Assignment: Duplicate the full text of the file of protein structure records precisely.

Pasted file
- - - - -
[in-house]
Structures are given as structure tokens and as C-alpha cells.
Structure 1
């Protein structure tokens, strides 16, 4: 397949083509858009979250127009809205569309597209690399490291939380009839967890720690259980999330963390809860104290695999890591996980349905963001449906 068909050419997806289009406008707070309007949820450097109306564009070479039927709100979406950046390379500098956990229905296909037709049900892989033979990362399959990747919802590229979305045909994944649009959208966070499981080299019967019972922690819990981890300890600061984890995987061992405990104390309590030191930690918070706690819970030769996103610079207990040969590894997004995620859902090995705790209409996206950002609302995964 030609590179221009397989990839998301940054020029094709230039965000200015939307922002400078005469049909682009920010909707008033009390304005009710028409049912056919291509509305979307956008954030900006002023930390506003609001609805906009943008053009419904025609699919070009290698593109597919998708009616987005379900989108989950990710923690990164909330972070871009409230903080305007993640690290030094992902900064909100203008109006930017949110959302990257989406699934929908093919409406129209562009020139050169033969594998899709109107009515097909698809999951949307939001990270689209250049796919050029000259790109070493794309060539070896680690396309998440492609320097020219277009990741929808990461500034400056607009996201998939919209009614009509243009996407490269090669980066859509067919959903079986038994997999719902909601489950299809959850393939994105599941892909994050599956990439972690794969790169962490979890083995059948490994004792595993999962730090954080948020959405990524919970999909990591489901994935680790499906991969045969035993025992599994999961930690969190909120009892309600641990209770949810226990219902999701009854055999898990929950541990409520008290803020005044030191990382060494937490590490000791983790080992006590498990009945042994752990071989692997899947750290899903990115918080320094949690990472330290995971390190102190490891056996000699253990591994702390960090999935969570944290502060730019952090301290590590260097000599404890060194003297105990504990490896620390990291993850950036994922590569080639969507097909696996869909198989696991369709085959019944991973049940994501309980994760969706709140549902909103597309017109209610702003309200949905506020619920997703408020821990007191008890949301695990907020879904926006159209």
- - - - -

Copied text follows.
[in-house]
Structures are given as structure tokens and as C-alpha cells.
Structure 1
């Protein structure tokens, strides 16, 4: 397949083509858009979250127009809205569309597209690399490291939380009839967890720690259980999330963390809860104290695999890591996980349905963001449906 068909050419997806289009406008707070309007949820450097109306564009070479039927709100979406950046390379500098956990229905296909037709049900892989033979990362399959990747919802590229979305045909994944649009959208966070499981080299019967019972922690819990981890300890600061984890995987061992405990104390309590030191930690918070706690819970030769996103610079207990040969590894997004995620859902090995705790209409996206950002609302995964 030609590179221009397989990839998301940054020029094709230039965000200015939307922002400078005469049909682009920010909707008033009390304005009710028409049912056919291509509305979307956008954030900006002023930390506003609001609805906009943008053009419904025609699919070009290698593109597919998708009616987005379900989108989950990710923690990164909330972070871009409230903080305007993640690290030094992902900064909100203008109006930017949110959302990257989406699934929908093919409406129209562009020139050169033969594998899709109107009515097909698809999951949307939001990270689209250049796919050029000259790109070493794309060539070896680690396309998440492609320097020219277009990741929808990461500034400056607009996201998939919209009614009509243009996407490269090669980066859509067919959903079986038994997999719902909601489950299809959850393939994105599941892909994050599956990439972690794969790169962490979890083995059948490994004792595993999962730090954080948020959405990524919970999909990591489901994935680790499906991969045969035993025992599994999961930690969190909120009892309600641990209770949810226990219902999701009854055999898990929950541990409520008290803020005044030191990382060494937490590490000791983790080992006590498990009945042994752990071989692997899947750290899903990115918080320094949690990472330290995971390190102190490891056996000699253990591994702390960090999935969570944290502060730019952090301290590590260097000599404890060194003297105990504990490896620390990291993850950036994922590569080639969507097909696996869909198989696991369709085959019944991973049940994501309980994760969706709140549902909103597309017109209610702003309200949905506020619920997703408020821990007191008890949301695990907020879904926006159209």